Urban areas are increasingly being studied for their potential to help conserve biodiversity and provide habitat for numerous plants and animals. Despite the harsh conditions of the built environment, organisms of all kinds are able to survive in our cities, and as we find ways to make these spaces more hospitable for them, cities actually have great potential for species conservation, even for species that are rare, threatened, or specialized. One obvious way to accomplish this is to manage our yards, parks, and gardens as habitat, such as planting flower strips for pollinators. Another way, perhaps overlooked at times, is to manage and maintain vacant lots as habitat. Every urban area has some degree of vacant land that for one reason or another has not been developed, or that once was developed but has since been bulldozed or abandoned. Spontaneous vegetation quickly moves in to occupy these sites, and while some may see them as eyesores, their potential for providing habitat for an untold number of plants and animals is substantial.
In cities that are growing – like Boise, Idaho – vacant and abandoned lots are disappearing quickly as development strives to keep up with population growth. My first Weeds of Boise post took place at an abandoned Pizza Hut, which has since been demolished and is now the future site of a large building (see photo below). This is happening all over the city – the City of Trees is looking more like the City of Cranes these days. On the other hand, cities that are shrinking due to economic downturn, loss of industry, and other factors, have an increasing number of vacant lots, which offers the opportunity not only to maintain these lots as habitat, but also to carry out research that will help us understand how these locations can be best managed for species conservation.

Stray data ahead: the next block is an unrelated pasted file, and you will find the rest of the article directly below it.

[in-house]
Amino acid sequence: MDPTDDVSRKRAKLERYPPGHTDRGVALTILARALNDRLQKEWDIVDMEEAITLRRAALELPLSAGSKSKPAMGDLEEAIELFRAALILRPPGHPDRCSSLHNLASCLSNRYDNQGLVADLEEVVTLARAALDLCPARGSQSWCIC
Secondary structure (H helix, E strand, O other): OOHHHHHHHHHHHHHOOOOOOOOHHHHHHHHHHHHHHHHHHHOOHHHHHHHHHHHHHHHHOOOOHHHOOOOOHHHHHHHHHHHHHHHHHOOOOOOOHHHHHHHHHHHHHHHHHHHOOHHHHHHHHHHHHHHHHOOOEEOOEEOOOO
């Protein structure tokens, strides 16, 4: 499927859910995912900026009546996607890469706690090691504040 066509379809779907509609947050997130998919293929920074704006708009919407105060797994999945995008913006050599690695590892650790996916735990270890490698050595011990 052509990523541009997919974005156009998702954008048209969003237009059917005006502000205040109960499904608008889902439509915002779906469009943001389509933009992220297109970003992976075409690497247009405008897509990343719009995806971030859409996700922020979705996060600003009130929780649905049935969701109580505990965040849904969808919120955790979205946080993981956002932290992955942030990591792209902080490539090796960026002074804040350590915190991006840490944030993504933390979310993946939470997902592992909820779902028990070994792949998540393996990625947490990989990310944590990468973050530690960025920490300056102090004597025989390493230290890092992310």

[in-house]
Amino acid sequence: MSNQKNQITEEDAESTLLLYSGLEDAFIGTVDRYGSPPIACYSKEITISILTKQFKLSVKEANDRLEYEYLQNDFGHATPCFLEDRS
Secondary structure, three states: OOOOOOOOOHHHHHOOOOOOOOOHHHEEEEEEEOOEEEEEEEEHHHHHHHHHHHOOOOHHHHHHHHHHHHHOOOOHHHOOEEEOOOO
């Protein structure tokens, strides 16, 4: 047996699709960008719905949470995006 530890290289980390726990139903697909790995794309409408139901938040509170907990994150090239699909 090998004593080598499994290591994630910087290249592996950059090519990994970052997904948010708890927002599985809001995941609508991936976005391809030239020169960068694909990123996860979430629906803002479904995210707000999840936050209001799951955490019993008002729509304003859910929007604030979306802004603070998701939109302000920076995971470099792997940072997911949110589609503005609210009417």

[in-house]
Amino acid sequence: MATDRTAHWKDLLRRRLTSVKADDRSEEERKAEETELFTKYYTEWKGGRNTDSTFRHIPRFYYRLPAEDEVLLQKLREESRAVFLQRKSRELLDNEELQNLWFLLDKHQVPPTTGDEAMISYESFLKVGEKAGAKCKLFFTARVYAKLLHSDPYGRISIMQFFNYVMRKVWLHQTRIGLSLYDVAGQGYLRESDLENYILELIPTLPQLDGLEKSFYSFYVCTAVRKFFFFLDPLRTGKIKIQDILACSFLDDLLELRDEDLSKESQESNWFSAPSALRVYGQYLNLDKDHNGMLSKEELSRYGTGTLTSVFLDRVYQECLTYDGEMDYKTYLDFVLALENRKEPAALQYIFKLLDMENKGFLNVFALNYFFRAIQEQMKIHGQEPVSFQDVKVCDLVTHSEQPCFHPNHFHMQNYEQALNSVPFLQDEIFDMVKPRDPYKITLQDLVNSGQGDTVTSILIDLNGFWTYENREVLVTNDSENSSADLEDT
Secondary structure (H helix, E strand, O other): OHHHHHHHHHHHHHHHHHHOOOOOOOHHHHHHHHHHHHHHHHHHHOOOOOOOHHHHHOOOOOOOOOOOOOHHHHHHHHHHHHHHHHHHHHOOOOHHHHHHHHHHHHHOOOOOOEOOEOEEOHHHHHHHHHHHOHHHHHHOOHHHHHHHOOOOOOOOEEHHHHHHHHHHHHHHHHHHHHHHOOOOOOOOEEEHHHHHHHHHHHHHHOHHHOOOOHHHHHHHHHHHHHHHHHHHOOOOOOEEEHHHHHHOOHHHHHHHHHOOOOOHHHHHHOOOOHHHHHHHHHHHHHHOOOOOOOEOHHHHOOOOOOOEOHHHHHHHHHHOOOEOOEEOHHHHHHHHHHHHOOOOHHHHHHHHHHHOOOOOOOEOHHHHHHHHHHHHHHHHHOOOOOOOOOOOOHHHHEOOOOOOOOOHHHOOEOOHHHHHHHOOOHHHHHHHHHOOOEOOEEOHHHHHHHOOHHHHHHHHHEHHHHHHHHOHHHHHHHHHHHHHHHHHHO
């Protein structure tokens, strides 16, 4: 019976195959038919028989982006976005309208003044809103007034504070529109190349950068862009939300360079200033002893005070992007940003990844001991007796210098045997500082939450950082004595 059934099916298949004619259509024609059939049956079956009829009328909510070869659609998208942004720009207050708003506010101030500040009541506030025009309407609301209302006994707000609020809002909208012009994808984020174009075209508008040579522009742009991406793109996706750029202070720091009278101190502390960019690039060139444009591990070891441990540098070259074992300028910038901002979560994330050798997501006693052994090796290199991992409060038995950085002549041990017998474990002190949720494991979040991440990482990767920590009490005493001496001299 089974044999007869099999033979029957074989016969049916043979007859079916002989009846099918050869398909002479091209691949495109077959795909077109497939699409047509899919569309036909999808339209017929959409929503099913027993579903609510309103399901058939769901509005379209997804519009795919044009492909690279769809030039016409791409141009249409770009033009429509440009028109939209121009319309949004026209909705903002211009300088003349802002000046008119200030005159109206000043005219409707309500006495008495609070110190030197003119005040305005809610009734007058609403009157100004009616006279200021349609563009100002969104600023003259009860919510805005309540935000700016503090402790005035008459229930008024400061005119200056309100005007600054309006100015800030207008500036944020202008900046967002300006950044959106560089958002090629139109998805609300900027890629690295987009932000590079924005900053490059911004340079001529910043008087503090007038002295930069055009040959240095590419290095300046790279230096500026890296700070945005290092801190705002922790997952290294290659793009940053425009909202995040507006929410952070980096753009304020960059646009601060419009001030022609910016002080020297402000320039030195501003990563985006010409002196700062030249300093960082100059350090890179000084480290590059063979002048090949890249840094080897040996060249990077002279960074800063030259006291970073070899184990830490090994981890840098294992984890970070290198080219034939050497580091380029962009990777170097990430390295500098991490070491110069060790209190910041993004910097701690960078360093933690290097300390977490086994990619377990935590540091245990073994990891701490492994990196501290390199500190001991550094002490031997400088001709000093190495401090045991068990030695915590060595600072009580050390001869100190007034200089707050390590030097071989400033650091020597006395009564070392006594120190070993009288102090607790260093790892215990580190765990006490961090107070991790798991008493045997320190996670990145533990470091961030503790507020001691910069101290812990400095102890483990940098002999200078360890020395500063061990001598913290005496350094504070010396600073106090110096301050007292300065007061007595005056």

Cleveland, Ohio is one example of a “shrinking city.” Due to significant population decline, Cleveland has a growing number of vacant lots, many of which are maintained by the City of Cleveland Land Bank. For researchers at The Ohio State University, all of this vacant land presents an opportunity to study, among other things, urban biodiversity. Hence, the Cleveland Pocket Prairie Project was born. By assigning different management treatments to groups of vacant lots and observing the differences between each treatment, researchers can help determine the best strategies for managing vacant lots, particularly when it comes to biological conservation. One of the major focuses of the Cleveland Pocket Prairie Project is to determine how vacant land can provide habitat for insects and other arthropods.
In a study published in Sustainability (2018), researchers in Cleveland compared the species richness and abundance of bees found on vacant lots to those found on urban farms. Bee collections were made three times a year over a three year period. Of the more 2733 bees collected, researchers identified 98 total species representing 5 different families. The vast majority of the species were native to the area. Significantly more bees were found in vacant lots compared to urban farms. In both vacant lots and urban farms, the total number of ground nesting bees decreased as the proportion of impervious surfaces near the study sites increased. Plants that received the most bee visits on the urban farms during the study period were common milkweed (Asclepias syriaca), chives (Allium schoenoprasum), and squash (Cucurbita pepo); while the top three plants with the most bee visits on vacant lots were red clover (Trifolium pratense), white clover (Trifolium repens), and Queen Anne’s lace (Daucus carota).